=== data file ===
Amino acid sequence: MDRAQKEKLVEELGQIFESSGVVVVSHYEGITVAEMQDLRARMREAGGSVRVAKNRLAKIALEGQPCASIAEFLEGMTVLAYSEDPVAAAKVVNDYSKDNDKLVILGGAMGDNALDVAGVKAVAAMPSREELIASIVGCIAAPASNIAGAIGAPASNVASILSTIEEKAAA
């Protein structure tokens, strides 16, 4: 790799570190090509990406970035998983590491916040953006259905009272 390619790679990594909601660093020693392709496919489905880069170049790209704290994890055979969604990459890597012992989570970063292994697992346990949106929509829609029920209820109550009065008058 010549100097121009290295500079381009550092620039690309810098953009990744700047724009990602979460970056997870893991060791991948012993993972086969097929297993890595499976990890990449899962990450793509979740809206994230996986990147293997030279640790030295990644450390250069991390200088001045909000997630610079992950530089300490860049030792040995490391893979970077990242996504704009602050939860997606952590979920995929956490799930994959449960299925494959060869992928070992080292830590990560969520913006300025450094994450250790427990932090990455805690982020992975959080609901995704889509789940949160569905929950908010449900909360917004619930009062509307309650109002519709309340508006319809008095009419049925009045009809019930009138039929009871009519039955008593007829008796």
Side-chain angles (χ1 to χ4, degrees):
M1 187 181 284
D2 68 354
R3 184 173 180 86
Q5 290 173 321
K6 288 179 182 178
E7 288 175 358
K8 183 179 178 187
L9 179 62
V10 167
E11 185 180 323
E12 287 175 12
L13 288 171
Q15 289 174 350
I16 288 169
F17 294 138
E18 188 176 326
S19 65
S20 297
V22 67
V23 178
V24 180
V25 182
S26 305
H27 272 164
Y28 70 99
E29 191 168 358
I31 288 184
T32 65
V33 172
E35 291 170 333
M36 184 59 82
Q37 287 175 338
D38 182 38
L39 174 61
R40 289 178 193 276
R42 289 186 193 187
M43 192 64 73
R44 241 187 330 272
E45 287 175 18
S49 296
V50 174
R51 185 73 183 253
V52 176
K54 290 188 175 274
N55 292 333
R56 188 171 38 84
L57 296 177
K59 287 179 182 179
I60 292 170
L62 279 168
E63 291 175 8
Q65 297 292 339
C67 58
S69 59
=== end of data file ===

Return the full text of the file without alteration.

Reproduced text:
Amino acid sequence: MDRAQKEKLVEELGQIFESSGVVVVSHYEGITVAEMQDLRARMREAGGSVRVAKNRLAKIALEGQPCASIAEFLEGMTVLAYSEDPVAAAKVVNDYSKDNDKLVILGGAMGDNALDVAGVKAVAAMPSREELIASIVGCIAAPASNIAGAIGAPASNVASILSTIEEKAAA
């Protein structure tokens, strides 16, 4: 790799570190090509990406970035998983590491916040953006259905009272 390619790679990594909601660093020693392709496919489905880069170049790209704290994890055979969604990459890597012992989570970063292994697992346990949106929509829609029920209820109550009065008058 010549100097121009290295500079381009550092620039690309810098953009990744700047724009990602979460970056997870893991060791991948012993993972086969097929297993890595499976990890990449899962990450793509979740809206994230996986990147293997030279640790030295990644450390250069991390200088001045909000997630610079992950530089300490860049030792040995490391893979970077990242996504704009602050939860997606952590979920995929956490799930994959449960299925494959060869992928070992080292830590990560969520913006300025450094994450250790427990932090990455805690982020992975959080609901995704889509789940949160569905929950908010449900909360917004619930009062509307309650109002519709309340508006319809008095009419049925009045009809019930009138039929009871009519039955008593007829008796």
Side-chain angles (χ1 to χ4, degrees):
M1 187 181 284
D2 68 354
R3 184 173 180 86
Q5 290 173 321
K6 288 179 182 178
E7 288 175 358
K8 183 179 178 187
L9 179 62
V10 167
E11 185 180 323
E12 287 175 12
L13 288 171
Q15 289 174 350
I16 288 169
F17 294 138
E18 188 176 326
S19 65
S20 297
V22 67
V23 178
V24 180
V25 182
S26 305
H27 272 164
Y28 70 99
E29 191 168 358
I31 288 184
T32 65
V33 172
E35 291 170 333
M36 184 59 82
Q37 287 175 338
D38 182 38
L39 174 61
R40 289 178 193 276
R42 289 186 193 187
M43 192 64 73
R44 241 187 330 272
E45 287 175 18
S49 296
V50 174
R51 185 73 183 253
V52 176
K54 290 188 175 274
N55 292 333
R56 188 171 38 84
L57 296 177
K59 287 179 182 179
I60 292 170
L62 279 168
E63 291 175 8
Q65 297 292 339
C67 58
S69 59